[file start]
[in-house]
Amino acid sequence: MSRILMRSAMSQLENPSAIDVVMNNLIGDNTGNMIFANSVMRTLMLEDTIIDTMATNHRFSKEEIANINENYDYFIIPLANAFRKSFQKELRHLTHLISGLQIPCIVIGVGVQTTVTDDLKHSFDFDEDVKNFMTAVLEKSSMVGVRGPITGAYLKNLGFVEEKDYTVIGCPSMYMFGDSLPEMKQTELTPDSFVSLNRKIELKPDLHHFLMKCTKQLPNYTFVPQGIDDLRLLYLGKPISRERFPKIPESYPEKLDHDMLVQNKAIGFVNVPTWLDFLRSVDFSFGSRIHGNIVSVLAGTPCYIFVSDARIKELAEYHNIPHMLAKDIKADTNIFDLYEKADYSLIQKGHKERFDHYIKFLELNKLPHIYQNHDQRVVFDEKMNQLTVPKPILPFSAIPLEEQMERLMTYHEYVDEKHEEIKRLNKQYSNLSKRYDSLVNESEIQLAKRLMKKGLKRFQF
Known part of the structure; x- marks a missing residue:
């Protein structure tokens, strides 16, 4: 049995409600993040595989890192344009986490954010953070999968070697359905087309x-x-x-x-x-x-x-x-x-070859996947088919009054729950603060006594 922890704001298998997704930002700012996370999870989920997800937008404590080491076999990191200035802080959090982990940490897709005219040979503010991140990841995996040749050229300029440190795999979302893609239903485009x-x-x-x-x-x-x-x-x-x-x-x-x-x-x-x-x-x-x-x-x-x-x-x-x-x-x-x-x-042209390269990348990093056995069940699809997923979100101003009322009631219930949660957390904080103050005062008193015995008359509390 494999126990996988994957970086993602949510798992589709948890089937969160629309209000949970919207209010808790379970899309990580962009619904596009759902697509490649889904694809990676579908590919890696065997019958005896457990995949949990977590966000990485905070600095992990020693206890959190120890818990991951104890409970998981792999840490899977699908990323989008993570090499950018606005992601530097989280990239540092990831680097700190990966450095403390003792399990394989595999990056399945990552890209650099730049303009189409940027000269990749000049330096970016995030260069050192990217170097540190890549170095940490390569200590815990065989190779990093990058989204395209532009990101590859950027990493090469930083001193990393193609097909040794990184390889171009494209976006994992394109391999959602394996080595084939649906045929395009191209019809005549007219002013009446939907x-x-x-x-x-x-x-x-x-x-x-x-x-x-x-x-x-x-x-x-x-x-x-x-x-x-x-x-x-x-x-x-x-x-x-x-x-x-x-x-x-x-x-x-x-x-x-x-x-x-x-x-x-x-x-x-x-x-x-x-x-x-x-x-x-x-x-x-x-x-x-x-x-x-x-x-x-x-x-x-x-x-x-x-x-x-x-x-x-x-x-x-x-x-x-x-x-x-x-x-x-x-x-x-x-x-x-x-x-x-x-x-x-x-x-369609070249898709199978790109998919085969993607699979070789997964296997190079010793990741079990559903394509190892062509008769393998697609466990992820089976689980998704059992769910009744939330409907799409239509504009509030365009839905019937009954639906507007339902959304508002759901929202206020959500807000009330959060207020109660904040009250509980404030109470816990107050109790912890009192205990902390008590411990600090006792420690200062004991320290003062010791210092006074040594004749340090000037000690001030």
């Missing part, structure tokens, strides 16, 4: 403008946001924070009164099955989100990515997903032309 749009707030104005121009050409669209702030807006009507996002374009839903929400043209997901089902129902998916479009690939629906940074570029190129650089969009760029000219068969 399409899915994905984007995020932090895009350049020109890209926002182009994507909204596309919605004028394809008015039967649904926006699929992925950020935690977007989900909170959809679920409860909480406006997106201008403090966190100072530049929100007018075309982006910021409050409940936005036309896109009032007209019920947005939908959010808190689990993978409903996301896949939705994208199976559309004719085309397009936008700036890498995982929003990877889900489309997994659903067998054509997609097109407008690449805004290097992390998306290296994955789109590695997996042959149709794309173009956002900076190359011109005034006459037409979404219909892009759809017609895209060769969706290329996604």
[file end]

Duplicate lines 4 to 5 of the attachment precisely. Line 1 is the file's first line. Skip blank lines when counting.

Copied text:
């Protein structure tokens, strides 16, 4: 049995409600993040595989890192344009986490954010953070999968070697359905087309x-x-x-x-x-x-x-x-x-070859996947088919009054729950603060006594 922890704001298998997704930002700012996370999870989920997800937008404590080491076999990191200035802080959090982990940490897709005219040979503010991140990841995996040749050229300029440190795999979302893609239903485009x-x-x-x-x-x-x-x-x-x-x-x-x-x-x-x-x-x-x-x-x-x-x-x-x-x-x-x-x-042209390269990348990093056995069940699809997923979100101003009322009631219930949660957390904080103050005062008193015995008359509390 494999126990996988994957970086993602949510798992589709948890089937969160629309209000949970919207209010808790379970899309990580962009619904596009759902697509490649889904694809990676579908590919890696065997019958005896457990995949949990977590966000990485905070600095992990020693206890959190120890818990991951104890409970998981792999840490899977699908990323989008993570090499950018606005992601530097989280990239540092990831680097700190990966450095403390003792399990394989595999990056399945990552890209650099730049303009189409940027000269990749000049330096970016995030260069050192990217170097540190890549170095940490390569200590815990065989190779990093990058989204395209532009990101590859950027990493090469930083001193990393193609097909040794990184390889171009494209976006994992394109391999959602394996080595084939649906045929395009191209019809005549007219002013009446939907x-x-x-x-x-x-x-x-x-x-x-x-x-x-x-x-x-x-x-x-x-x-x-x-x-x-x-x-x-x-x-x-x-x-x-x-x-x-x-x-x-x-x-x-x-x-x-x-x-x-x-x-x-x-x-x-x-x-x-x-x-x-x-x-x-x-x-x-x-x-x-x-x-x-x-x-x-x-x-x-x-x-x-x-x-x-x-x-x-x-x-x-x-x-x-x-x-x-x-x-x-x-x-x-x-x-x-x-x-x-x-x-x-x-x-369609070249898709199978790109998919085969993607699979070789997964296997190079010793990741079990559903394509190892062509008769393998697609466990992820089976689980998704059992769910009744939330409907799409239509504009509030365009839905019937009954639906507007339902959304508002759901929202206020959500807000009330959060207020109660904040009250509980404030109470816990107050109790912890009192205990902390008590411990600090006792420690200062004991320290003062010791210092006074040594004749340090000037000690001030």
């Missing part, structure tokens, strides 16, 4: 403008946001924070009164099955989100990515997903032309 749009707030104005121009050409669209702030807006009507996002374009839903929400043209997901089902129902998916479009690939629906940074570029190129650089969009760029000219068969 399409899915994905984007995020932090895009350049020109890209926002182009994507909204596309919605004028394809008015039967649904926006699929992925950020935690977007989900909170959809679920409860909480406006997106201008403090966190100072530049929100007018075309982006910021409050409940936005036309896109009032007209019920947005939908959010808190689990993978409903996301896949939705994208199976559309004719085309397009936008700036890498995982929003990877889900489309997994659903067998054509997609097109407008690449805004290097992390998306290296994955789109590695997996042959149709794309173009956002900076190359011109005034006459037409979404219909892009759809017609895209060769969706290329996604």